He was the only customer invited to this years staff holiday party at the restaurant. Ashman is a proprietors dream, a regular who comes in and brings his friends. And to Ashman, the Blarney Stone is a second living room, the staff his family.
Its also a second office. If I have work to do and a big booth is empty, theyll give it to me so I can spread my papers out, says Ashman, a construction designer who lives nearby. He knows about the private lives of the waitstaff, and vice versa: Theyve seen our Tuesday night fall-down-drunk-dont-go-to-work-the-next-day, he says with a laugh.
On a recent night, hes in there with his sister Diana and a group of friends who are also regulars. Theyve hired waitresses Jessica and Sinead to work private parties theyve thrown. We know about their boyfriends, the ones that made it and the ones that didnt, says Ashman. As a gay man, Ashman appreciates the mix of people who frequent the Blarney: gay and straight, all races and incomes. I think everyone feels welcome here, he says.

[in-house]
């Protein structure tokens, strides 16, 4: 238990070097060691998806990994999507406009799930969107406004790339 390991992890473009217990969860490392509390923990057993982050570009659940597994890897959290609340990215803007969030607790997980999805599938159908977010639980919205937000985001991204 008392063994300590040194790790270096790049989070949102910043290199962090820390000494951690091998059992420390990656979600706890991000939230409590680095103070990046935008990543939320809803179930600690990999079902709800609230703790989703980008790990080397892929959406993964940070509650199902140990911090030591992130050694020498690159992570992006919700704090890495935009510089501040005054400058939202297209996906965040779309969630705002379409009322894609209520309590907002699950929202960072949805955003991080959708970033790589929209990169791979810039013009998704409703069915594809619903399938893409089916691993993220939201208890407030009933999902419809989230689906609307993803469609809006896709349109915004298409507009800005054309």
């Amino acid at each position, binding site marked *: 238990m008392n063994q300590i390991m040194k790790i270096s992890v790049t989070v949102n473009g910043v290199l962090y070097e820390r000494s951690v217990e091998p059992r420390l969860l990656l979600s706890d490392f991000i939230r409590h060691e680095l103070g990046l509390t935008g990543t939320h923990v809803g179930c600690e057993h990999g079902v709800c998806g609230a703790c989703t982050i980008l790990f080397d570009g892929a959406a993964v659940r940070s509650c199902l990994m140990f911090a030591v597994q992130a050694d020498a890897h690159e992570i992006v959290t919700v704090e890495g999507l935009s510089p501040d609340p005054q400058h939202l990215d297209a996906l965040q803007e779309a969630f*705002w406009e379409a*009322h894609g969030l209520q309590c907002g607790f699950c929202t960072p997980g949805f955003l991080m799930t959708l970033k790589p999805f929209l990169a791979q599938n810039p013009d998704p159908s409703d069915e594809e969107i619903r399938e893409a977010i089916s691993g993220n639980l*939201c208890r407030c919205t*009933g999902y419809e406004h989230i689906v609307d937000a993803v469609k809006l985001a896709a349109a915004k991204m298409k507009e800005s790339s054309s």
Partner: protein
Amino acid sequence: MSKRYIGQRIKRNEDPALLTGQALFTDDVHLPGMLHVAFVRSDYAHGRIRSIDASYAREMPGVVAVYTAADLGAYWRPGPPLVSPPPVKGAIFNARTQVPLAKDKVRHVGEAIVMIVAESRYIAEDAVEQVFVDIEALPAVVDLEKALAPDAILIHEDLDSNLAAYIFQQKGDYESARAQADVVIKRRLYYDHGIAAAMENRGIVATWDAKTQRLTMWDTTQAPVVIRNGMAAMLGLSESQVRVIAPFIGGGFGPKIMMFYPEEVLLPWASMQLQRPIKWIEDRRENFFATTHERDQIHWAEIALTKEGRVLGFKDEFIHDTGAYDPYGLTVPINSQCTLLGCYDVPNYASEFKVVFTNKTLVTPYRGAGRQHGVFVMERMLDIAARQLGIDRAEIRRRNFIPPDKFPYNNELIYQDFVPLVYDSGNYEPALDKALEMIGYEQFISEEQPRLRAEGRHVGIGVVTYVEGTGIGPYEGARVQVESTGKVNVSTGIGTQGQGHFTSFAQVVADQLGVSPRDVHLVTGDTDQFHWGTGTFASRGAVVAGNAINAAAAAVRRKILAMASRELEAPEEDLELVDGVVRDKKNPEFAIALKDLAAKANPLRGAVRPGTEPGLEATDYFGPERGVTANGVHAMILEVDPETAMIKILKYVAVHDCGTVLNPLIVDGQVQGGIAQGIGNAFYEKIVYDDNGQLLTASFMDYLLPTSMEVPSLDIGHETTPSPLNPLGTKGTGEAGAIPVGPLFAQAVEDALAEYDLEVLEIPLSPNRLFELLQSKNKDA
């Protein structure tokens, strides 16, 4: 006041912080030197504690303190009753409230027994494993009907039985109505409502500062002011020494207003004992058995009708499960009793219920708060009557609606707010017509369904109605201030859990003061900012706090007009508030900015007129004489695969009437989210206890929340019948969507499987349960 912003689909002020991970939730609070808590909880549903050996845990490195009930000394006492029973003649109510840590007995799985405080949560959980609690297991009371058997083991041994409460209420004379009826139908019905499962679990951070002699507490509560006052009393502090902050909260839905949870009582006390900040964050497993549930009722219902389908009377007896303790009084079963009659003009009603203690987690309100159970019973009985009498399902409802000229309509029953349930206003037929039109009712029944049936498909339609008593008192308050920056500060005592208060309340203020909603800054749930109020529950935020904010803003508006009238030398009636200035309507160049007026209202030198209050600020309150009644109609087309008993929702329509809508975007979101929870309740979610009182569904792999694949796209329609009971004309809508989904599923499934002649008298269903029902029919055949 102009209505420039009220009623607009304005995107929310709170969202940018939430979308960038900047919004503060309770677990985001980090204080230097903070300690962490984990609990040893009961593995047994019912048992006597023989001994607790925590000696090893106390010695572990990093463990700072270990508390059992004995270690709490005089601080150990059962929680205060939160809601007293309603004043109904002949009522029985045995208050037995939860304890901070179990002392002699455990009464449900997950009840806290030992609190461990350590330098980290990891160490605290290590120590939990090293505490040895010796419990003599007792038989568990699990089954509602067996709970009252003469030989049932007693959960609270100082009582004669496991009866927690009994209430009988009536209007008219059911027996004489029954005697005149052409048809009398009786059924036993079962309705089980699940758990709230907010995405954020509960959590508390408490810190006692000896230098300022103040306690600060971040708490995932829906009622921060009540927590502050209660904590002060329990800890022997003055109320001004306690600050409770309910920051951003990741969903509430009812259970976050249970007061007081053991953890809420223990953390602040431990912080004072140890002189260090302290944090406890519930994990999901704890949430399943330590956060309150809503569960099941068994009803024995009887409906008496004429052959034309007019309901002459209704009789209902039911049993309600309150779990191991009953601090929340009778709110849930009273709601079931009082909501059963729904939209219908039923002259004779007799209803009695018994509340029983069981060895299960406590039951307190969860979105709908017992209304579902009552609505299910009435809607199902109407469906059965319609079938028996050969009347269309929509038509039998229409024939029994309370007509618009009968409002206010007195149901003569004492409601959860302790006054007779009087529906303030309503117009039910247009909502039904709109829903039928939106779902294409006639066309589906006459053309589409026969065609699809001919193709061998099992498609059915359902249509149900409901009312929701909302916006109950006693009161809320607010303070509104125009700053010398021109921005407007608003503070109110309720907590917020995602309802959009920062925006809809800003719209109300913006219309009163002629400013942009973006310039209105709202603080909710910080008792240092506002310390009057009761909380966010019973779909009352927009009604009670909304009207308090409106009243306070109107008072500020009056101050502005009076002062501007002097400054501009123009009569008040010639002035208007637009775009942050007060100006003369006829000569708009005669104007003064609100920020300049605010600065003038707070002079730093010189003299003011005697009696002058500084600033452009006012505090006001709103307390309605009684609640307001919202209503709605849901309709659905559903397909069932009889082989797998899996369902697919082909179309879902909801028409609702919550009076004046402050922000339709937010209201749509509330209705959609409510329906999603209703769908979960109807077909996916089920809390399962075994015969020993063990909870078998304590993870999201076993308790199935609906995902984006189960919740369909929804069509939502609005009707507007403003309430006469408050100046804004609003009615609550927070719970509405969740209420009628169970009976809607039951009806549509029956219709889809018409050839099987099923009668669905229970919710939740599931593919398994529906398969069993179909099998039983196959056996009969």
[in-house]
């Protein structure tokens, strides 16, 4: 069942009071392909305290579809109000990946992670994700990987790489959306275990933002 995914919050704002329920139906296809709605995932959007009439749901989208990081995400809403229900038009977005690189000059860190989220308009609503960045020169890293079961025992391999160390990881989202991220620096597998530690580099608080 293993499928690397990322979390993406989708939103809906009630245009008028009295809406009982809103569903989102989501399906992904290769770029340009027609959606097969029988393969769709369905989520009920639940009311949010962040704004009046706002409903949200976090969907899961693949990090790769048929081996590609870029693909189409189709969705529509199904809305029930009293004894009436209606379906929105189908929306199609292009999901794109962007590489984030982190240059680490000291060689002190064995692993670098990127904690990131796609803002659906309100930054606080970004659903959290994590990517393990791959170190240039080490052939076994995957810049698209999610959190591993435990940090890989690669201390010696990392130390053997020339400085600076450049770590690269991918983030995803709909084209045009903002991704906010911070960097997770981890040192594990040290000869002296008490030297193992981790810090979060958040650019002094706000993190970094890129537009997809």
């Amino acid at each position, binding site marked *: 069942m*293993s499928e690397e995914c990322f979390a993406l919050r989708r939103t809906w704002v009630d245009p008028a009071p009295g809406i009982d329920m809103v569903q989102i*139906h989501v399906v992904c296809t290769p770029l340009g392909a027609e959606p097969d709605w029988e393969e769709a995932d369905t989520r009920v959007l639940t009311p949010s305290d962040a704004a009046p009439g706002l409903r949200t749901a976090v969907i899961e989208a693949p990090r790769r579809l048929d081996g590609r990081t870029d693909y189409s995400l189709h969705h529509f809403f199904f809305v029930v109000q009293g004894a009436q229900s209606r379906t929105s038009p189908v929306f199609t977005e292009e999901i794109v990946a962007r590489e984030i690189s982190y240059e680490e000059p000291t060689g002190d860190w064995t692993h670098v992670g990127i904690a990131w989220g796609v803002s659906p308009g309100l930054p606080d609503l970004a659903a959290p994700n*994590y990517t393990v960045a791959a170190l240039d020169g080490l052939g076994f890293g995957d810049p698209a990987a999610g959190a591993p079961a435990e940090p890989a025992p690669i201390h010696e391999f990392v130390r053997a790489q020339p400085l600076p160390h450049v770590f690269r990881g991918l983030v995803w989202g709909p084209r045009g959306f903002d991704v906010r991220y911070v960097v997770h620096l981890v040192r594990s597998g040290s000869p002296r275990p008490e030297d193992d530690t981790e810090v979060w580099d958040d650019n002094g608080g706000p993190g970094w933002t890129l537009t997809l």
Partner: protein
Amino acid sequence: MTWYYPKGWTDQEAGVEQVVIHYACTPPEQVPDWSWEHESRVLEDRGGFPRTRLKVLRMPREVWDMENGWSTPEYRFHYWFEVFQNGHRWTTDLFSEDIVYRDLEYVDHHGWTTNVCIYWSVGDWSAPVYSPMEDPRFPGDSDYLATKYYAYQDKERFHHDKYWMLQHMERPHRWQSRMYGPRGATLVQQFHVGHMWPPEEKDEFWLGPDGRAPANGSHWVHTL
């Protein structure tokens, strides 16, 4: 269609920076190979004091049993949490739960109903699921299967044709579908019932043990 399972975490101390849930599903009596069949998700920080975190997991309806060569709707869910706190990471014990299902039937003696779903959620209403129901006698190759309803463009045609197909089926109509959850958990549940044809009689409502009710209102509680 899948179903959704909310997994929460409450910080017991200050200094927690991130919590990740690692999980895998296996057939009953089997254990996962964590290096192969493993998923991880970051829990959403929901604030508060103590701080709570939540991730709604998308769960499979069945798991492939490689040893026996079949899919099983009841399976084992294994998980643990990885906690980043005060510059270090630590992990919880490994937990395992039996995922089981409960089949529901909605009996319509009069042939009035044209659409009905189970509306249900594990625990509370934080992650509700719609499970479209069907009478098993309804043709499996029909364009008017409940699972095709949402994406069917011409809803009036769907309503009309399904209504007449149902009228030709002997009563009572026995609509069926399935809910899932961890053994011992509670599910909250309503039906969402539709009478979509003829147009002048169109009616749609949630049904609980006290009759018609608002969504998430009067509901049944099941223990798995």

Ben Johnson, the managing partner, loves his regulars. Theyre your bread and butter; they keep you going through the quiet times, he says. He gives them preferences on seating and will hold tables for them, even though reservations are only for parties of eight or more. They expect extra attention and theyve earned it, he says. You know their drink and have it ready for them; you know when to leave the pickle off the plate.
And, adds Ashman, his voice dropping conspiratorially, You can get your fries custom-made here. Ask for them extra crispy. Spoken like a true regular.
Bukowskis Tavern 50 Dalton St., Boston. 617-437-9999.